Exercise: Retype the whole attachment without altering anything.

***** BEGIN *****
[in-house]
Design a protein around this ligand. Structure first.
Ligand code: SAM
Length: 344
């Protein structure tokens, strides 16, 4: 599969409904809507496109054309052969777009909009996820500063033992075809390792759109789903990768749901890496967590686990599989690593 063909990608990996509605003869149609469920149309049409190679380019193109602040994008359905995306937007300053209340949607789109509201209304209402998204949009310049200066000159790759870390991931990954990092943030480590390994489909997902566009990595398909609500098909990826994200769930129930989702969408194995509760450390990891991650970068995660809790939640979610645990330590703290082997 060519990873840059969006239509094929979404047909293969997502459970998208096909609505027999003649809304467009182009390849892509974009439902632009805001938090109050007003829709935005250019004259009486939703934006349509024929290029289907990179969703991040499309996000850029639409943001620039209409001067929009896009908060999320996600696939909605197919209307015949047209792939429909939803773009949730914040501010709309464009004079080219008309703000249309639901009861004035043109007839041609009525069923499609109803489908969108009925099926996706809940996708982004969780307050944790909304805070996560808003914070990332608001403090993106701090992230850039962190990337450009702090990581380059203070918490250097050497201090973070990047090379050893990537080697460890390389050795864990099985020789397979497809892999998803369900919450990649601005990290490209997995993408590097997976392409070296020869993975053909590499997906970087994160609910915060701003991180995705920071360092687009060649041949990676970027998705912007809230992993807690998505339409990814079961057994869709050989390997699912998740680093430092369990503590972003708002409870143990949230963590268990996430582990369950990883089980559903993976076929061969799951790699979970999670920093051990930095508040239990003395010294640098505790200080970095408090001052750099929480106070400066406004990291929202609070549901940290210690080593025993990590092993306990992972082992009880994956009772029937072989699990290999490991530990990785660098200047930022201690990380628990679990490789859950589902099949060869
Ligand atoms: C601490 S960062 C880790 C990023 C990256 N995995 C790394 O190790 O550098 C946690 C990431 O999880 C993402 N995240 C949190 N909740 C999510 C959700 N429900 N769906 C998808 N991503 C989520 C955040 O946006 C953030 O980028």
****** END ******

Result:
[in-house]
Design a protein around this ligand. Structure first.
Ligand code: SAM
Length: 344
């Protein structure tokens, strides 16, 4: 599969409904809507496109054309052969777009909009996820500063033992075809390792759109789903990768749901890496967590686990599989690593 063909990608990996509605003869149609469920149309049409190679380019193109602040994008359905995306937007300053209340949607789109509201209304209402998204949009310049200066000159790759870390991931990954990092943030480590390994489909997902566009990595398909609500098909990826994200769930129930989702969408194995509760450390990891991650970068995660809790939640979610645990330590703290082997 060519990873840059969006239509094929979404047909293969997502459970998208096909609505027999003649809304467009182009390849892509974009439902632009805001938090109050007003829709935005250019004259009486939703934006349509024929290029289907990179969703991040499309996000850029639409943001620039209409001067929009896009908060999320996600696939909605197919209307015949047209792939429909939803773009949730914040501010709309464009004079080219008309703000249309639901009861004035043109007839041609009525069923499609109803489908969108009925099926996706809940996708982004969780307050944790909304805070996560808003914070990332608001403090993106701090992230850039962190990337450009702090990581380059203070918490250097050497201090973070990047090379050893990537080697460890390389050795864990099985020789397979497809892999998803369900919450990649601005990290490209997995993408590097997976392409070296020869993975053909590499997906970087994160609910915060701003991180995705920071360092687009060649041949990676970027998705912007809230992993807690998505339409990814079961057994869709050989390997699912998740680093430092369990503590972003708002409870143990949230963590268990996430582990369950990883089980559903993976076929061969799951790699979970999670920093051990930095508040239990003395010294640098505790200080970095408090001052750099929480106070400066406004990291929202609070549901940290210690080593025993990590092993306990992972082992009880994956009772029937072989699990290999490991530990990785660098200047930022201690990380628990679990490789859950589902099949060869
Ligand atoms: C601490 S960062 C880790 C990023 C990256 N995995 C790394 O190790 O550098 C946690 C990431 O999880 C993402 N995240 C949190 N909740 C999510 C959700 N429900 N769906 C998808 N991503 C989520 C955040 O946006 C953030 O980028």